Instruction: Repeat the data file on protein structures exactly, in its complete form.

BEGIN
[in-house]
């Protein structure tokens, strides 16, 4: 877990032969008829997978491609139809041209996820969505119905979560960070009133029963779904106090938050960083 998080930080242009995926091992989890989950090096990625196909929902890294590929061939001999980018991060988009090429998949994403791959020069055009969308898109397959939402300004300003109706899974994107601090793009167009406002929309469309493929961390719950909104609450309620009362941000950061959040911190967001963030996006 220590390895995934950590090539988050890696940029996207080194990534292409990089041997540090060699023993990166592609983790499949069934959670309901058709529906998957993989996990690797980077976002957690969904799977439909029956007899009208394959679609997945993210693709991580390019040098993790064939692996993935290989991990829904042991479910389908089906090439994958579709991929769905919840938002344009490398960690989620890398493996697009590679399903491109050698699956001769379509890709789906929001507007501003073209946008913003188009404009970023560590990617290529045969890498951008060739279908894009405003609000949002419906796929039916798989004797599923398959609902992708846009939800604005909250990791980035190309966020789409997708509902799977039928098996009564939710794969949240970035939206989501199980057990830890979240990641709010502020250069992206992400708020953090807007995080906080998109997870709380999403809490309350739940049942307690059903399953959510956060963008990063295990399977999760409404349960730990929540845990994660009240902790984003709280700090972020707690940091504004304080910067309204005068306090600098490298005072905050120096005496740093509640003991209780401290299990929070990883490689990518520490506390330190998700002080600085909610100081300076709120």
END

[in-house]
């Protein structure tokens, strides 16, 4: 877990032969008829997978491609139809041209996820969505119905979560960070009133029963779904106090938050960083 998080930080242009995926091992989890989950090096990625196909929902890294590929061939001999980018991060988009090429998949994403791959020069055009969308898109397959939402300004300003109706899974994107601090793009167009406002929309469309493929961390719950909104609450309620009362941000950061959040911190967001963030996006 220590390895995934950590090539988050890696940029996207080194990534292409990089041997540090060699023993990166592609983790499949069934959670309901058709529906998957993989996990690797980077976002957690969904799977439909029956007899009208394959679609997945993210693709991580390019040098993790064939692996993935290989991990829904042991479910389908089906090439994958579709991929769905919840938002344009490398960690989620890398493996697009590679399903491109050698699956001769379509890709789906929001507007501003073209946008913003188009404009970023560590990617290529045969890498951008060739279908894009405003609000949002419906796929039916798989004797599923398959609902992708846009939800604005909250990791980035190309966020789409997708509902799977039928098996009564939710794969949240970035939206989501199980057990830890979240990641709010502020250069992206992400708020953090807007995080906080998109997870709380999403809490309350739940049942307690059903399953959510956060963008990063295990399977999760409404349960730990929540845990994660009240902790984003709280700090972020707690940091504004304080910067309204005068306090600098490298005072905050120096005496740093509640003991209780401290299990929070990883490689990518520490506390330190998700002080600085909610100081300076709120």